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Ireland’s competition regulator approves Live Nation’s MCD deal

By | Published on Monday 8 July 2019

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The competition regulator in Ireland has approved the takeover of Irish concert promoter MCD Productions by London-based Live Nation subsidiary LN-Gaiety Holdings, albeit subject to a number of legally binding commitments.

Live Nation’s purchase of MCD was slightly confusing because LN-Gaiety Holdings is the live giant’s joint venture with the Irish company Gaiety, which is best known for, well, owning MCD Productions.

Live Nation has had a long-standing partnership with Gaiety, the company owned by Denis Desmond and his wife Caroline Downey. Many of Live Nation’s acquisitions in the UK in recent years have actually been via the LN-Gaiety joint venture, and Desmond himself now heads up the live giant’s UK and Ireland operations.

MCD, the concerts company Desmond co-founded in 1980, has not previously been part of the partnership. However, last August it was announced that a new deal would see MCD also become part of the LN-Gaiety JV. It was that deal that Ireland’s Competition And Consumer Protection Commission then investigated.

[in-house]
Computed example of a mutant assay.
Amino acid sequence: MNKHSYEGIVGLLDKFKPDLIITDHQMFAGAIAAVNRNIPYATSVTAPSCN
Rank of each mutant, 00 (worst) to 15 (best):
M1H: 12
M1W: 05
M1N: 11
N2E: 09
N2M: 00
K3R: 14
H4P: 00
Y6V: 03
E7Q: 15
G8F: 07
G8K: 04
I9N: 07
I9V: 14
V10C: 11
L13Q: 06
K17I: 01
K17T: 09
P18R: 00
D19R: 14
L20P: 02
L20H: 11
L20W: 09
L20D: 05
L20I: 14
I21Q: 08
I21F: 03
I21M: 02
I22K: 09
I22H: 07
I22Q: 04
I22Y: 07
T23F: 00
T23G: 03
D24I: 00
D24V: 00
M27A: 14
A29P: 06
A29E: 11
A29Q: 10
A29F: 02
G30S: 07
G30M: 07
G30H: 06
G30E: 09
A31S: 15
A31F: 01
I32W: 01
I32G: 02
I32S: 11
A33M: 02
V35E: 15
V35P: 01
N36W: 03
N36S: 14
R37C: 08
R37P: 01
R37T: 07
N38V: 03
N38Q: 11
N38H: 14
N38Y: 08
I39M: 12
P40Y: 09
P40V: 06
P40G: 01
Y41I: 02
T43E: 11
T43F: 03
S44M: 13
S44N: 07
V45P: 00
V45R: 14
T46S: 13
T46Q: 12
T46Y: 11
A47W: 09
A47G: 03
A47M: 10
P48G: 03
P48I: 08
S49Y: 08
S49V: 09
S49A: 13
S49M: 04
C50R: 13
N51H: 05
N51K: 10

It said on Friday that a number of competition concerns had arisen as a result of the takeover, but that LN-Gaiety and MCD had made various proposals for how those concerns might be overcome. Those include both companies informing the CCPC of any future festival acquisitions they may pursue in Ireland, steps to ensure Live Nation venues don’t share confidential booking information with MCD, and commitments to ensure a divide between MCD and Live Nation’s Ticketmaster business.

The regulator concluded that those proposals dealt with its concerns. By including them it its decision to clear the MCD takeover, said commitments become legally binding.

CCPC Chair Isolde Goggin said: “The CCPC’s review of the proposed transaction included economic analysis of the affected markets and evidence from third parties active at all levels of the supply chain including promoters, ticketing services providers, and live event venues. Taking into consideration the commitments provided by the parties, there is no evidence that the proposed transaction will result in a substantial lessening of competition in any market for goods or services in the state”.

In addition to the investigation by the Irish regulator, in May the UK’s Competition & Markets Authority also announced it was looking into the deal. The deadline for the CMA’s phase one decision is this week.